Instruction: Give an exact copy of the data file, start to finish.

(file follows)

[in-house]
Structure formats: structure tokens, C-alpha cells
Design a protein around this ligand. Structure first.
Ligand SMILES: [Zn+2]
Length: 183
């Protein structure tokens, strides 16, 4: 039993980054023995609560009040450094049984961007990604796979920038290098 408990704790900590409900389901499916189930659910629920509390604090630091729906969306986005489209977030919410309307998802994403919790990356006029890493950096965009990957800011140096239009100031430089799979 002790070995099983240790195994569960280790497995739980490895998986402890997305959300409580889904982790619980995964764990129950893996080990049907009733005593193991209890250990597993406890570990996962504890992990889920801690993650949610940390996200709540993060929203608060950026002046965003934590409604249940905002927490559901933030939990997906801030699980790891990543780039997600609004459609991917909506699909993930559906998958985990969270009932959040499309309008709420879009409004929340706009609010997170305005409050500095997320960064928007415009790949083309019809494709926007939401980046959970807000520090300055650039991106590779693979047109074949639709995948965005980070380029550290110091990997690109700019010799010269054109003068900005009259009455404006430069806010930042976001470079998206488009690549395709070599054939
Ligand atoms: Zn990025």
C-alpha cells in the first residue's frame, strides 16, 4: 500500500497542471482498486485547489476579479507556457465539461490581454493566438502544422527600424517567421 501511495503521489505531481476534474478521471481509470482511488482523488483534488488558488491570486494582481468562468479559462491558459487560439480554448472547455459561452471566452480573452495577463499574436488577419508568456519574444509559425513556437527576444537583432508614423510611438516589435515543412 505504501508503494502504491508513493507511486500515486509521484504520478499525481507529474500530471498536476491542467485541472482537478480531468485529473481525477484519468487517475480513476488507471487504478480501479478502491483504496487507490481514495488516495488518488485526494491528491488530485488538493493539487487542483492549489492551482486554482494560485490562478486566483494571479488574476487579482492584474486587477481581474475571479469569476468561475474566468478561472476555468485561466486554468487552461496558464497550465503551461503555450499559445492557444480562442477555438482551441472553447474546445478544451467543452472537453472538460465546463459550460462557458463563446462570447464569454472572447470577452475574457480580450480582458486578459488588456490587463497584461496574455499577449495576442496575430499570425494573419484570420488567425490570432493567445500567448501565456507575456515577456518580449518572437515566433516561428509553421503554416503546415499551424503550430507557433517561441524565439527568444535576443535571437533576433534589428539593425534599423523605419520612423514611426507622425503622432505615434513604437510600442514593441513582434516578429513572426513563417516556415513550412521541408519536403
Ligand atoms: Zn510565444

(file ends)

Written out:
[in-house]
Structure formats: structure tokens, C-alpha cells
Design a protein around this ligand. Structure first.
Ligand SMILES: [Zn+2]
Length: 183
């Protein structure tokens, strides 16, 4: 039993980054023995609560009040450094049984961007990604796979920038290098 408990704790900590409900389901499916189930659910629920509390604090630091729906969306986005489209977030919410309307998802994403919790990356006029890493950096965009990957800011140096239009100031430089799979 002790070995099983240790195994569960280790497995739980490895998986402890997305959300409580889904982790619980995964764990129950893996080990049907009733005593193991209890250990597993406890570990996962504890992990889920801690993650949610940390996200709540993060929203608060950026002046965003934590409604249940905002927490559901933030939990997906801030699980790891990543780039997600609004459609991917909506699909993930559906998958985990969270009932959040499309309008709420879009409004929340706009609010997170305005409050500095997320960064928007415009790949083309019809494709926007939401980046959970807000520090300055650039991106590779693979047109074949639709995948965005980070380029550290110091990997690109700019010799010269054109003068900005009259009455404006430069806010930042976001470079998206488009690549395709070599054939
Ligand atoms: Zn990025």
C-alpha cells in the first residue's frame, strides 16, 4: 500500500497542471482498486485547489476579479507556457465539461490581454493566438502544422527600424517567421 501511495503521489505531481476534474478521471481509470482511488482523488483534488488558488491570486494582481468562468479559462491558459487560439480554448472547455459561452471566452480573452495577463499574436488577419508568456519574444509559425513556437527576444537583432508614423510611438516589435515543412 505504501508503494502504491508513493507511486500515486509521484504520478499525481507529474500530471498536476491542467485541472482537478480531468485529473481525477484519468487517475480513476488507471487504478480501479478502491483504496487507490481514495488516495488518488485526494491528491488530485488538493493539487487542483492549489492551482486554482494560485490562478486566483494571479488574476487579482492584474486587477481581474475571479469569476468561475474566468478561472476555468485561466486554468487552461496558464497550465503551461503555450499559445492557444480562442477555438482551441472553447474546445478544451467543452472537453472538460465546463459550460462557458463563446462570447464569454472572447470577452475574457480580450480582458486578459488588456490587463497584461496574455499577449495576442496575430499570425494573419484570420488567425490570432493567445500567448501565456507575456515577456518580449518572437515566433516561428509553421503554416503546415499551424503550430507557433517561441524565439527568444535576443535571437533576433534589428539593425534599423523605419520612423514611426507622425503622432505615434513604437510600442514593441513582434516578429513572426513563417516556415513550412521541408519536403
Ligand atoms: Zn510565444